iPhone 16's big draw could be a new magic button

The iPhone 16's new capture button is more than just a button and Apple sees it as a big selling point

iPhone 15 Pro Max
(Image credit: Future)

If someone told you that one of the most interesting things about a new smartphone was a button, you'd make your excuses and leave. But the capture button that's coming to the iPhone 16 is no ordinary button. If you like to shoot video whether for fun or for creative projects it could turn out to be one of the best things about the next generation iPhone.

Despite initial rumours that the new button would be a capacitive solid state one, the latest reports say that it's mechanical – but that it'll do more than just bring up the camera app. According to tech site The Information, the button will be both touch and pressure sensitive, and that means it can do some interesting things.

Apple is still very much in the prototype stage, so it's possible that the current favoured design may change between now and production. But given that Apple sees the new button as a key selling point of the next iPhone, it'll be very surprising if it doesn't make it into the final device. 

What will the iPhone 16 capture button do?

According to the report, the button will be able to detect left- and right-swiping, which will enable you to zoom in and out without reaching for other buttons or tapping on-screen controls. It will also enable you to focus with a half-press much as you would do with a digital camera, and pressing harder will activate the recording or stop filming. That's a lot for a single button to do.

The button needs to be conveniently placed or it'll be pretty pointless, which is why Apple intends to put it on the right hand side of the phone just below the sleep/wake button. In US iPhones that's where the mmWave antenna currently lives, but Apple intends to move that to the other side of the iPhone to make room for the new control.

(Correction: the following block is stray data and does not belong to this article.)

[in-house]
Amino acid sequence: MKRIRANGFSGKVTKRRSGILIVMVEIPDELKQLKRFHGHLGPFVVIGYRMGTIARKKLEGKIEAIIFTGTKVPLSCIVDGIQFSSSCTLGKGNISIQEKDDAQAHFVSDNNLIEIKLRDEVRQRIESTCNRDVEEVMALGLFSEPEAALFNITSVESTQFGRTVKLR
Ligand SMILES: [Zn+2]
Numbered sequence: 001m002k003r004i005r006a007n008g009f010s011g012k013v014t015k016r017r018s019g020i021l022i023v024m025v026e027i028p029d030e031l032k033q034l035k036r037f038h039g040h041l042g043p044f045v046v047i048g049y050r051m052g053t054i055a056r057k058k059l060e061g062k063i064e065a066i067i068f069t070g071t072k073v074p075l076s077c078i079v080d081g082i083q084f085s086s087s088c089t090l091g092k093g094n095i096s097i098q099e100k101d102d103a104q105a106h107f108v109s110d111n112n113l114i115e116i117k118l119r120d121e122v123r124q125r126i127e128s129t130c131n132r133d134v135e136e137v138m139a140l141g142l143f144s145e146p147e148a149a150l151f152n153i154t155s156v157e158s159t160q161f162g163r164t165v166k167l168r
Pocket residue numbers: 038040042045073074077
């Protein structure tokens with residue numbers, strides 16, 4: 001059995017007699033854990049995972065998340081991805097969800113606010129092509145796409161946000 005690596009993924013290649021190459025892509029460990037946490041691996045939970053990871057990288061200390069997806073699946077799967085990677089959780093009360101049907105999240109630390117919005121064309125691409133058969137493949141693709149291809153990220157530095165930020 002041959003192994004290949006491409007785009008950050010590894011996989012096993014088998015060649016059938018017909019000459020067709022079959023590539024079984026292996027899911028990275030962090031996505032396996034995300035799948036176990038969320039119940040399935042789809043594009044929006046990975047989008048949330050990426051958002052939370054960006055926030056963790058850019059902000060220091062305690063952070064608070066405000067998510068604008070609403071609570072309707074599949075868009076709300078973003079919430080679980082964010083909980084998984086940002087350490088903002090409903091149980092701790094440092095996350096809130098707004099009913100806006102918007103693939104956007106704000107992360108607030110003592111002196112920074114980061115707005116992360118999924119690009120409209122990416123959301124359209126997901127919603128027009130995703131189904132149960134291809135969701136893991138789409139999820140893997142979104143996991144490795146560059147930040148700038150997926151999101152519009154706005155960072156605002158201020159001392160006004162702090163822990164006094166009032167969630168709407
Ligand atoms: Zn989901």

According to The Information, the button's goal is to make the iPhone the go-to phone for shooting horizontal video: while vertical video is currently the dominant format on social media sites such as TikTok and Instagram, creators are increasingly moving to landscape because it works better on larger displays and on TVs and because there's more room for ads. And of course it's the orientation used by most movies and TV shows too.

One of the biggest challenges to the new button, at least for me, isn't technology but muscle memory: I've got the Action button programmed on my iPhone 15 Pro Max to launch my camera app and I never, ever use it – not because it isn't good, but because I keep forgetting it's there. It turns out that 17 years of iPhone touchscreen tapping takes a lot of unlearning.

Carrie Marshall

Writer, musician and broadcaster Carrie Marshall has been covering technology since 1998 and is particularly interested in how tech can help us live our best lives. Her CV is a who’s who of magazines, newspapers, websites and radio programmes ranging from T3, Techradar and MacFormat to the BBC, Sunday Post and People’s Friend. Carrie has written more than a dozen books, ghost-wrote two more and co-wrote seven more books and a Radio 2 documentary series; her memoir, Carrie Kills A Man, was shortlisted for the British Book Awards. When she’s not scribbling, Carrie is the singer in Glaswegian rock band Unquiet Mind (unquietmindmusic).